Developers removed the helpful abilities from your raven, stating that they felt it made the game “press this button to win.” I can’t help but think of the Soulsborne discourse when reading that and it certainly feels like the very antithesis of creating an inclusive experience for all players. Let me decide how to best play the game so that I can actually have fun no matter how tired I am or how much brain fog I’m dealing with that day.

Also new and to the detriment of cognitive accessibility is the elimination of side quests. They have been replaced with world events (glowing blue dots on your map) and as with everything else, offer absolutely nothing in the form of guidance. Players are left entirely to their own devices to figure out what will fulfill the event requirements and where to do it. My diving in the freezing lake I noted in the first paragraph? I don’t even know if that’s where the comb was and there’s no way for me to find out unless I spend hours aimlessly searching. 

Female Eivor holding a cat that is nuzzling her in Assassin's Creed Valhalla.
If not for the pet-able cats, I would feel like an absolute monster of a Viking with no redeeming qualities.

Valhalla is the first Assassin’s Creed title in a long time that leaves me feeling bad. Not just about myself and my abilities, but about what you’re asked to do in the game, which feeds the utter exhaustion of playing. I realize that the whole Viking part of playing as a Viking is raids and such. Maybe it’s what a year 2020 has been or maybe it’s the story paired with how many barriers I’m facing in this game, but I just can’t enjoy raiding for the sake of raiding. I don’t want to ravage entire villages and towns, burn down the homes of farmers for no reason other than I’m a Viking and I want stuff.

Where my actions in past AC titles left me wanting more and feeling like I was serving the greater good of the fictional game people, in Valhalla, I’m doing everything but raids and quests because they just feel mean. I find that I’m only able to play for a few minutes at a time because trying to make any kind of progress is just too mentally taxing. I feel like I’m playing a Souls game but instead of impossibly hard combat, I’m met with impossibly hard progression.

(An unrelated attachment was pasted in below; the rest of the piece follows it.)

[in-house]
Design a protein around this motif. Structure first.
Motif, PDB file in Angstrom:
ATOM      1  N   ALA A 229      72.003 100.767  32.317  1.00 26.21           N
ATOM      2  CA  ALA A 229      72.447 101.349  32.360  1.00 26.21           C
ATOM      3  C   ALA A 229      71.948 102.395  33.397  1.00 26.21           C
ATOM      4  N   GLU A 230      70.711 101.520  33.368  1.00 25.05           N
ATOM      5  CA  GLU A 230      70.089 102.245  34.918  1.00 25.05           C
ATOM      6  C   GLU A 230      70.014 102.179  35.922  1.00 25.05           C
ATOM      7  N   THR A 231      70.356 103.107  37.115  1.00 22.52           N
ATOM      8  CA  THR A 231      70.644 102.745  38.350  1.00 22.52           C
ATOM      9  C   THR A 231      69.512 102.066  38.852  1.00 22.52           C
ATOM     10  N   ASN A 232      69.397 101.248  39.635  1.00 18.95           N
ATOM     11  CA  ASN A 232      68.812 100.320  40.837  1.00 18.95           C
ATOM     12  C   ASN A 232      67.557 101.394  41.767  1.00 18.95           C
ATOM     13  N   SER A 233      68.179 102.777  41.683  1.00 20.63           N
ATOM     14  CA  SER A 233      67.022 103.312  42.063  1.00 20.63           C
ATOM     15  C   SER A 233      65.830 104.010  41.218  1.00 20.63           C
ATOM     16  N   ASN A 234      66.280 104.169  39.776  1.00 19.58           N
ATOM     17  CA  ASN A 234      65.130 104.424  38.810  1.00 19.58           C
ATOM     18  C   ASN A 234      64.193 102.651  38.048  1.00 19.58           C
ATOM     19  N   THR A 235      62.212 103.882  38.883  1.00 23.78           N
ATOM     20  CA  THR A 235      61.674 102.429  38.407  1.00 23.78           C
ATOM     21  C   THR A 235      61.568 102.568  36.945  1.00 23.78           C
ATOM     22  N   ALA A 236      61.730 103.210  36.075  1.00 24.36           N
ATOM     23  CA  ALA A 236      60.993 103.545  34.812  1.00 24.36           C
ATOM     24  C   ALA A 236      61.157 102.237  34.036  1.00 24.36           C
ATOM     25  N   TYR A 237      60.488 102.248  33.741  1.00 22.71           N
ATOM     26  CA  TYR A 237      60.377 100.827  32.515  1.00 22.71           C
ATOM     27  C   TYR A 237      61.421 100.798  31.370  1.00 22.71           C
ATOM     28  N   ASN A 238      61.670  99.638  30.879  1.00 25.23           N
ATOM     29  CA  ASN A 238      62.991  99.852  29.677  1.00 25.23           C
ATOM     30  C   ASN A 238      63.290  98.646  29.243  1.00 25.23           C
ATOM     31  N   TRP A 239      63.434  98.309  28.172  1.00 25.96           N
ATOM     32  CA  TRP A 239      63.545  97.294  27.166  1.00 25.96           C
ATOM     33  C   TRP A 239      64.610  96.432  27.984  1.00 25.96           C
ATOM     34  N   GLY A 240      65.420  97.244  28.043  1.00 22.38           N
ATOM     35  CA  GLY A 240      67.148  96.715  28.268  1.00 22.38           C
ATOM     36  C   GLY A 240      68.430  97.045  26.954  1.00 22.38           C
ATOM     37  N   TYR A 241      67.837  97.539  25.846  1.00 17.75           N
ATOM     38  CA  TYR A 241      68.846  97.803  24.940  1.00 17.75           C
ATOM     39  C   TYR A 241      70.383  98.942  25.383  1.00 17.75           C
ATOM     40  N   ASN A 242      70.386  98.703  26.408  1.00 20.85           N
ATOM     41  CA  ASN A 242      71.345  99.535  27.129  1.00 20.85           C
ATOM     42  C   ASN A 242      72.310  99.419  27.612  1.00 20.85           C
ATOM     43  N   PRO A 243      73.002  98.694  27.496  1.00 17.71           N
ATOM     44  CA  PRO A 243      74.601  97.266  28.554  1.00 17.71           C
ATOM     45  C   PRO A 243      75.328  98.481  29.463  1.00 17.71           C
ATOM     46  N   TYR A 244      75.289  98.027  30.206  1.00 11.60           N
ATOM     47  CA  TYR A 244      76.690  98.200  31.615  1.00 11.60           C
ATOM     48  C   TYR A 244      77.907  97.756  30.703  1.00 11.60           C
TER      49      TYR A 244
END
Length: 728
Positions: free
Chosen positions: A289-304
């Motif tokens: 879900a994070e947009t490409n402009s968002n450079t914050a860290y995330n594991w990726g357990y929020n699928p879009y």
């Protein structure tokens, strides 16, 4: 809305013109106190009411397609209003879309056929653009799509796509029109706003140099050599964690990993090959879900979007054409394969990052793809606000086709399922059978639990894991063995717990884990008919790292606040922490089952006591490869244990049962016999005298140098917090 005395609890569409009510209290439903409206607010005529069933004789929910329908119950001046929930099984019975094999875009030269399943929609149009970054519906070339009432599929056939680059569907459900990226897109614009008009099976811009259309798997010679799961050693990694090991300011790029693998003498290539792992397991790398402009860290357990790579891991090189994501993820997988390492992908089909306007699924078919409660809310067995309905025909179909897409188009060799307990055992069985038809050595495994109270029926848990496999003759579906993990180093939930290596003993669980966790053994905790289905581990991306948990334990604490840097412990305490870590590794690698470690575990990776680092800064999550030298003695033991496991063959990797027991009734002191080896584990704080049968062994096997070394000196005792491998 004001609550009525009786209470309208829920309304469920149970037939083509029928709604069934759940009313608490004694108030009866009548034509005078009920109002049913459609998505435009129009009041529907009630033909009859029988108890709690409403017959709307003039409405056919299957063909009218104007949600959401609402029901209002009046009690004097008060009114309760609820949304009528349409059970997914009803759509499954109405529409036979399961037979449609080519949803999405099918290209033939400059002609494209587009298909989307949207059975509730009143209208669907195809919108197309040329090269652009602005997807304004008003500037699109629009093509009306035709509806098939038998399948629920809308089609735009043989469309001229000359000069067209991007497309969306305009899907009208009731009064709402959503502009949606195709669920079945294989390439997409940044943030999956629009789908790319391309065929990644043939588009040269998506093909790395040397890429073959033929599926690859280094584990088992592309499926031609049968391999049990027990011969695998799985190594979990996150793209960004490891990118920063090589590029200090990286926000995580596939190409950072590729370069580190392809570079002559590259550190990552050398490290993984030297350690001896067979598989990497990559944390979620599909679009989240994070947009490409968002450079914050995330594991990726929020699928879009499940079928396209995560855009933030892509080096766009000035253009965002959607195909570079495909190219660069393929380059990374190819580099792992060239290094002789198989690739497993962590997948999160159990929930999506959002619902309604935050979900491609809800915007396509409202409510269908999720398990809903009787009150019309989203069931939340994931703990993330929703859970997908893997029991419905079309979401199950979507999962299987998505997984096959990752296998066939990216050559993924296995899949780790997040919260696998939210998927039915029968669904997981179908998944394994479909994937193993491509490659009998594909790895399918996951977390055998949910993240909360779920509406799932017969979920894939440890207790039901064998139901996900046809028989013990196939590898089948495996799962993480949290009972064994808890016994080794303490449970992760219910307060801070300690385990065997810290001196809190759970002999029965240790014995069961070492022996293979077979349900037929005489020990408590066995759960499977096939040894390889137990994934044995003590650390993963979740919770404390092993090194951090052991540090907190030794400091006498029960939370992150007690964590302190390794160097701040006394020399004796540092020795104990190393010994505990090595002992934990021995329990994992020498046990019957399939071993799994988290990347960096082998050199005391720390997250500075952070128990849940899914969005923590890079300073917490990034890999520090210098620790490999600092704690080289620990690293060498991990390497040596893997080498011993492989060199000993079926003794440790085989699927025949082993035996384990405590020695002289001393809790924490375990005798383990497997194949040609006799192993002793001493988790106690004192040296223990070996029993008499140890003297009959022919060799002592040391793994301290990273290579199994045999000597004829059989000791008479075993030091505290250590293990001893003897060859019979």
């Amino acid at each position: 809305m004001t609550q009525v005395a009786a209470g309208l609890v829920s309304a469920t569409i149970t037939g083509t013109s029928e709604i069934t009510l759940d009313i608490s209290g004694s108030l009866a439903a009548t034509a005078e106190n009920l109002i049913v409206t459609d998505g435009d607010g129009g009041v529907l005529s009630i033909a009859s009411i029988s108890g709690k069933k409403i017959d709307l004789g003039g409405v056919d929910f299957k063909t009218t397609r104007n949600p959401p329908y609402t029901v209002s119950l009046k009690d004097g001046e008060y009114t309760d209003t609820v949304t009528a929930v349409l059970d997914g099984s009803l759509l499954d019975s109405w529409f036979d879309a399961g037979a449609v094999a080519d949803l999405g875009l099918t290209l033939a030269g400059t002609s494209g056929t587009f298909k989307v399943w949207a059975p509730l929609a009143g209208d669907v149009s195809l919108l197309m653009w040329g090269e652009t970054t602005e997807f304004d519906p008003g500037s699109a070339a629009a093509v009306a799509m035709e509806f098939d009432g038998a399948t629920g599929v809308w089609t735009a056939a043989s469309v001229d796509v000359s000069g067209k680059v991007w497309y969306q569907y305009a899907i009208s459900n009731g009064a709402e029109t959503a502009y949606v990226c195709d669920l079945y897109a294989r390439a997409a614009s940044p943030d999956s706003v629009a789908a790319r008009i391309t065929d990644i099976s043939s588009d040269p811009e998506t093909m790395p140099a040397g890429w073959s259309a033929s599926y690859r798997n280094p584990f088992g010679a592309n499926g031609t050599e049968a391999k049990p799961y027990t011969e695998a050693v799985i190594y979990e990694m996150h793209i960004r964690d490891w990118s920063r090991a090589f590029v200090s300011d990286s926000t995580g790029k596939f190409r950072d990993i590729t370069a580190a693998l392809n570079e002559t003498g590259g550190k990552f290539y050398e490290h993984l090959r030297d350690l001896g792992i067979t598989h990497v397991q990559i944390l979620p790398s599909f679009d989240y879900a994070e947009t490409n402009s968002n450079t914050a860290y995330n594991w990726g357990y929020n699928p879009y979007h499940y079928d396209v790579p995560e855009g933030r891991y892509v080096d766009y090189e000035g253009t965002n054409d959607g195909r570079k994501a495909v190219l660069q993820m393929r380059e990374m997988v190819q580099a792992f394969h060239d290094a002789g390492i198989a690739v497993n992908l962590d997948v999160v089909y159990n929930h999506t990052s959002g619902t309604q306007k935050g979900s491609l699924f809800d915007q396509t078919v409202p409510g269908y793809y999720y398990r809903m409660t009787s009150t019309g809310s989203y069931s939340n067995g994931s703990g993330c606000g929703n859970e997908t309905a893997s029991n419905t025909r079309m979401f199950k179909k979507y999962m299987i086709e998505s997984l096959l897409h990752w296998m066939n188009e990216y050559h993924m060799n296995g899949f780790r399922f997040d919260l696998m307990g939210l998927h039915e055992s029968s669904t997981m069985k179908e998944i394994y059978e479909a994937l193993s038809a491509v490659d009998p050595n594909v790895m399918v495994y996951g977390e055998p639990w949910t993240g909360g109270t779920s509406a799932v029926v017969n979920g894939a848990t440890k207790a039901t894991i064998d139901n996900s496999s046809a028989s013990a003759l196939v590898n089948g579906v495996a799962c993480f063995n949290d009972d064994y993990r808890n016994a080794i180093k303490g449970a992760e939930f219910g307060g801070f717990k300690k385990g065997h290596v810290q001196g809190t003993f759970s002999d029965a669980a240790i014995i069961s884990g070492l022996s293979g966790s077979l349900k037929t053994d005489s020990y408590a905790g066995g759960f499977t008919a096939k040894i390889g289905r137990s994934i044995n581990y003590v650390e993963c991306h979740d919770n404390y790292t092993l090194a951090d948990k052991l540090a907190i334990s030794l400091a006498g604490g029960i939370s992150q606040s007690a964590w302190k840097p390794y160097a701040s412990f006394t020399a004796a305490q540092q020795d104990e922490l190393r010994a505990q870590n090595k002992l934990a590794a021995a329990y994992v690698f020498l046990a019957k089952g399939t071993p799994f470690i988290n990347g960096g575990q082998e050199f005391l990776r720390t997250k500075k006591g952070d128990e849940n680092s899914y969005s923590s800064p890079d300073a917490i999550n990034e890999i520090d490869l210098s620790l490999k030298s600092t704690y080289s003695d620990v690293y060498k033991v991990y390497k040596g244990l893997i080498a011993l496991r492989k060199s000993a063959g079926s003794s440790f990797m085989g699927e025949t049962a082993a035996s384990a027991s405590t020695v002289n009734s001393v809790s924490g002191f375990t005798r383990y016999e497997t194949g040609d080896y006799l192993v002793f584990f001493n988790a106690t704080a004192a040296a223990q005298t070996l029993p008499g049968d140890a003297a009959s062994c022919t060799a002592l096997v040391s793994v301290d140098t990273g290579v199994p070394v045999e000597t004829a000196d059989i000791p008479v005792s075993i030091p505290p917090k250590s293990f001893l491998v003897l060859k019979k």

Assassin’s Creed Valhalla feels like a case study in people developers believing that accessibility lies solely in providing options. Let players have huge subtitles, give them menu narration, and scalable map icons, and you’ve created an accessible game, right? Wrong. An accessible game must be crafted as an accessible experience, with thoughtful attention given to UX and UI. I can’t help but feel that the “accessibility” of Valhalla is more of a last-minute band-aid than a truly inclusive game and it’s the first Assassin’s Creed game since the original Assassin’s Creed that I don’t see myself finishing.

A review copy of Assassin's Creed Valhalla was provided by the developer / publisher.

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Courtney Craven

Co-founder and EIC of Can I Play That?, captioner of many things, occasional writer of fiction. Any pronouns. courtney@caniplaythat.com